Illustration by Melissa McKee.


[1] MacLeod, N., and Steart, D., 2015, Automated leaf physiognomic character identification from digital images: Paleobiology, v. 41, no. 4, p. 528‐553.

[2] Royer, D. L., McElwain, J. C., Adams, J. M., and Wilf, P., 2008, Sensitivity of leaf size and shape to climate within Acer rubrum and Quercus kelloggii: New Phytologist, v. 179, p. 808‐817.

[3] Wilf, P., Wing, S. L., Greenwood, D. R., and Greenwood, C. L., 1998, Using fossil leaves as paleoprecipitation indicators: an Eocene example: Geology, v. 26, p. 203-206.

[4] Parrish, J. T., Daniel, I. L., Kennedy, E. M., and Spicer, R. A., 1998, Paleoclimatic significance of mid-Cretaceous floras from the middle Clarence Valley, New Zealand: Palaios, v. 13, p. 149-159.

[5] Fischer, H., Severinghaus, J., Brook, E., Wolff, E., Albert, M., Alemany, O., Arthern, R., Bentley, C., Blankenship, D., and Chappellaz, J., 2013, Where to find 1.5 million yr old ice for the IPICS” Oldest-Ice” ice core: Climate of the Past, v. 9, p. 2489-2505.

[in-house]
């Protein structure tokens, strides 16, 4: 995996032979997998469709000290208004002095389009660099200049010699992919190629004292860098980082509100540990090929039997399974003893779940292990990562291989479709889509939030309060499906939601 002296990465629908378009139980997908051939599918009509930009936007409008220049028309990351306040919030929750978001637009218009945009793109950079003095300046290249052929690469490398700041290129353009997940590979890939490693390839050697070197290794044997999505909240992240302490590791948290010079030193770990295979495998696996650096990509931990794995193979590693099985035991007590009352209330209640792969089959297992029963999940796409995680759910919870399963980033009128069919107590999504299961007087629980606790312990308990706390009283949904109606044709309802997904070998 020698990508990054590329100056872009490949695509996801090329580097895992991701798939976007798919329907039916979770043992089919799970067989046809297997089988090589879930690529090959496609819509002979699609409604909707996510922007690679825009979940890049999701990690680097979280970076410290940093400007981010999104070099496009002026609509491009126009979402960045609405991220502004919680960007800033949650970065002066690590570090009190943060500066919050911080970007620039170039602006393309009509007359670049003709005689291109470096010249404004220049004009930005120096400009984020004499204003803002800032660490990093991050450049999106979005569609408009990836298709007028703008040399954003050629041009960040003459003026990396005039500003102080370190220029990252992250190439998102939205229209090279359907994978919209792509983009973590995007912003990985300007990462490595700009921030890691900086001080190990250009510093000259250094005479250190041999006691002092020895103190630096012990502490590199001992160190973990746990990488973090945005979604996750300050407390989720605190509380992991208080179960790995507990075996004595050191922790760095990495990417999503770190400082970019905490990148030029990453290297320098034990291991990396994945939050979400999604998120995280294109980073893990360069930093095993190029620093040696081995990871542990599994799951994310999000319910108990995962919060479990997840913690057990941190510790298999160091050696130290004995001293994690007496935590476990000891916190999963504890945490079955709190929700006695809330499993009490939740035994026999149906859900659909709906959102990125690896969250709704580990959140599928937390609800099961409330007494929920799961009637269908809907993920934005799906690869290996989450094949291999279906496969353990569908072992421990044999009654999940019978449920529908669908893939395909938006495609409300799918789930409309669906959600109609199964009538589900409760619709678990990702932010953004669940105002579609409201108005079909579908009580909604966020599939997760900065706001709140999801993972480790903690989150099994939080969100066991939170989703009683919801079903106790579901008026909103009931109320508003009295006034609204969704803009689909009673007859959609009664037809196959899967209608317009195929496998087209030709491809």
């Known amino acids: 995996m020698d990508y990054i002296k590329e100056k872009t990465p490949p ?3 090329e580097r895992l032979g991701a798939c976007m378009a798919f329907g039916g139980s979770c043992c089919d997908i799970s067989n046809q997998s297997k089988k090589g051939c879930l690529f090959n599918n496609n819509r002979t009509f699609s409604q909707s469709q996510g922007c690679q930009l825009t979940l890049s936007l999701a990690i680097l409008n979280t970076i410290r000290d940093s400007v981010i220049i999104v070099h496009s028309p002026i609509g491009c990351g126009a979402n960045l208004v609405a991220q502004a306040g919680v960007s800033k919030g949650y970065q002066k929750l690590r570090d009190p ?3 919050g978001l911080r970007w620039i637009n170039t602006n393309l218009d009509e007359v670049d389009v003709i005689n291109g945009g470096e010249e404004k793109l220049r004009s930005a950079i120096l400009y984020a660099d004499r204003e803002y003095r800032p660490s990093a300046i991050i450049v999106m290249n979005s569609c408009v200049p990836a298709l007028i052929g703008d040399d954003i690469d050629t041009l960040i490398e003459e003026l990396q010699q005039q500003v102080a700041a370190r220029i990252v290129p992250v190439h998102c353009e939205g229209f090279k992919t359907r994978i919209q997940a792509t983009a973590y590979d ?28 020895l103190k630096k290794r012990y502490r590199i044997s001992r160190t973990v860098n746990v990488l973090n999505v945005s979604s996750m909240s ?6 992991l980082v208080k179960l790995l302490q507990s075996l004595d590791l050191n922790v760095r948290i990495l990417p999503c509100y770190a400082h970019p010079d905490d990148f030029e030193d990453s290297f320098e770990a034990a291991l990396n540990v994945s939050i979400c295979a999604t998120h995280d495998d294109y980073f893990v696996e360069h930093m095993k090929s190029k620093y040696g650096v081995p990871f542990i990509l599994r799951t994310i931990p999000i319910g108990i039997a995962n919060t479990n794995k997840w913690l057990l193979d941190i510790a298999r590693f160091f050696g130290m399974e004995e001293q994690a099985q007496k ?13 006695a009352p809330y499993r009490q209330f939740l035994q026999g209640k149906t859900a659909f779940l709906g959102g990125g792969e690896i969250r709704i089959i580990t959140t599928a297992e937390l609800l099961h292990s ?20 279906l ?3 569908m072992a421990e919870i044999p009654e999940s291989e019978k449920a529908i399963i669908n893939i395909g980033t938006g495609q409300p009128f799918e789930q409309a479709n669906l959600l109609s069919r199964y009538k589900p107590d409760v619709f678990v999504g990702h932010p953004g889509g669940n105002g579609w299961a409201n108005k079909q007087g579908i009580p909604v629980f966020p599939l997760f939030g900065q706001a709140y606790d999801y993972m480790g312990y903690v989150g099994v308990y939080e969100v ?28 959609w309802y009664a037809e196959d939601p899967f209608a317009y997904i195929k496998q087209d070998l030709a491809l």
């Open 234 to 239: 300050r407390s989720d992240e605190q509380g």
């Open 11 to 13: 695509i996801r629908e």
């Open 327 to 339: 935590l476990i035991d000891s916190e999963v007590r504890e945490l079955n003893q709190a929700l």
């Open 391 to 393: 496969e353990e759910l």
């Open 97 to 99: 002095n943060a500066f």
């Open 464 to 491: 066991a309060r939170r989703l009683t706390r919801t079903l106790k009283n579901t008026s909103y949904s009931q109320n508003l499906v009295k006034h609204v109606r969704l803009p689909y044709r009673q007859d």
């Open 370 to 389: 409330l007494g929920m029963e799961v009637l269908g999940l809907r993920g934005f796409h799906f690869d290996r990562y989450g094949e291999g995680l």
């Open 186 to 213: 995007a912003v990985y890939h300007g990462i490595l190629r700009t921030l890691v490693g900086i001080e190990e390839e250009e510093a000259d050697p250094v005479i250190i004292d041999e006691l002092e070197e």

[6] Raven, J. A., 2002, Selection pressures on stomatal evolution: New Phytologist, v. 153, p. 371-386.

[7] Cowan, I. R., and Farquhar, G. D., 1977, Stomatal function in relation to leaf metabolism and environment, in Jennings, D. H., ed., Integration of Activity in the Higher Plant. Symposia of the Society for Experimental Biology: Cambridge, Cambridge University Press, p. 471-505.

[8] Beerling, D. J., and Royer, D. L., 2002, Fossil plants as indicators of the Phanerozoic global carbon cycle: Annual Review of Earth and Planetary Sciences, v. 30, p. 527-556.

[9] Boyle, B., Meyer, H. W., Enquist, B., and Salas, S., 2008, Higher taxa as paleoecological and paleoclimatic indicators: A search for the modern analog of the Florissant fossil flora: Geological Society of America Special Papers, v. 435, p. 33-51.

[10] Leopold, E.B. and Clay-Poole, S.T., 2001, Fossil leaf and pollen floras of Colorado compared: climatic implications. In Evanoff, E., Gregory-Wodzicki K.M. and Johnson, K.R. [Eds.] Fossil Flora and Stratigraphy of the Florissant Formation, Colorado: Proceedings of the Denver -Museum of Nature and Science, v. 4, p. 17-55.